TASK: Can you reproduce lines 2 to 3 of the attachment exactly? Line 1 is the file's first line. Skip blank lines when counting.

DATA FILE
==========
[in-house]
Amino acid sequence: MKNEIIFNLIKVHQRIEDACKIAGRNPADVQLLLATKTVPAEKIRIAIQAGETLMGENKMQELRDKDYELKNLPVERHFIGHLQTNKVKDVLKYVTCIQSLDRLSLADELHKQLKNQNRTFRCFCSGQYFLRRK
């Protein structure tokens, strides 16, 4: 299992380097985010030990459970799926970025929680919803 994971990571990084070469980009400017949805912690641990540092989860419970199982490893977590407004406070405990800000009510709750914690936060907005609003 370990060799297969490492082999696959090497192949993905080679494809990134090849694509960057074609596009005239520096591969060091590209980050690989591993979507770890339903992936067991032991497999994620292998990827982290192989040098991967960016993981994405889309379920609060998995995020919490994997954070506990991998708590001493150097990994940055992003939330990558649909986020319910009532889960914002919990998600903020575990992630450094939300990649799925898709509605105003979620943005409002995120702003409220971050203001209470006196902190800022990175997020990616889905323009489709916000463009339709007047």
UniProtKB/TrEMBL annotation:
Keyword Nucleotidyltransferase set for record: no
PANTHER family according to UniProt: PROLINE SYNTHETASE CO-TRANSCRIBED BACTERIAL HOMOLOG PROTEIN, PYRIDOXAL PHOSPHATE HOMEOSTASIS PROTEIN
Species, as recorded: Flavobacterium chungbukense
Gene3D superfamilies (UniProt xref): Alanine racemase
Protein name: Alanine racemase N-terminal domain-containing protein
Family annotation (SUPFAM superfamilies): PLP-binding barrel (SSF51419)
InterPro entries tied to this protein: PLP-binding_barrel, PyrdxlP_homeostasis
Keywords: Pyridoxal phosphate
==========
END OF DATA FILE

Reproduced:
Amino acid sequence: MKNEIIFNLIKVHQRIEDACKIAGRNPADVQLLLATKTVPAEKIRIAIQAGETLMGENKMQELRDKDYELKNLPVERHFIGHLQTNKVKDVLKYVTCIQSLDRLSLADELHKQLKNQNRTFRCFCSGQYFLRRK
């Protein structure tokens, strides 16, 4: 299992380097985010030990459970799926970025929680919803 994971990571990084070469980009400017949805912690641990540092989860419970199982490893977590407004406070405990800000009510709750914690936060907005609003 370990060799297969490492082999696959090497192949993905080679494809990134090849694509960057074609596009005239520096591969060091590209980050690989591993979507770890339903992936067991032991497999994620292998990827982290192989040098991967960016993981994405889309379920609060998995995020919490994997954070506990991998708590001493150097990994940055992003939330990558649909986020319910009532889960914002919990998600903020575990992630450094939300990649799925898709509605105003979620943005409002995120702003409220971050203001209470006196902190800022990175997020990616889905323009489709916000463009339709007047």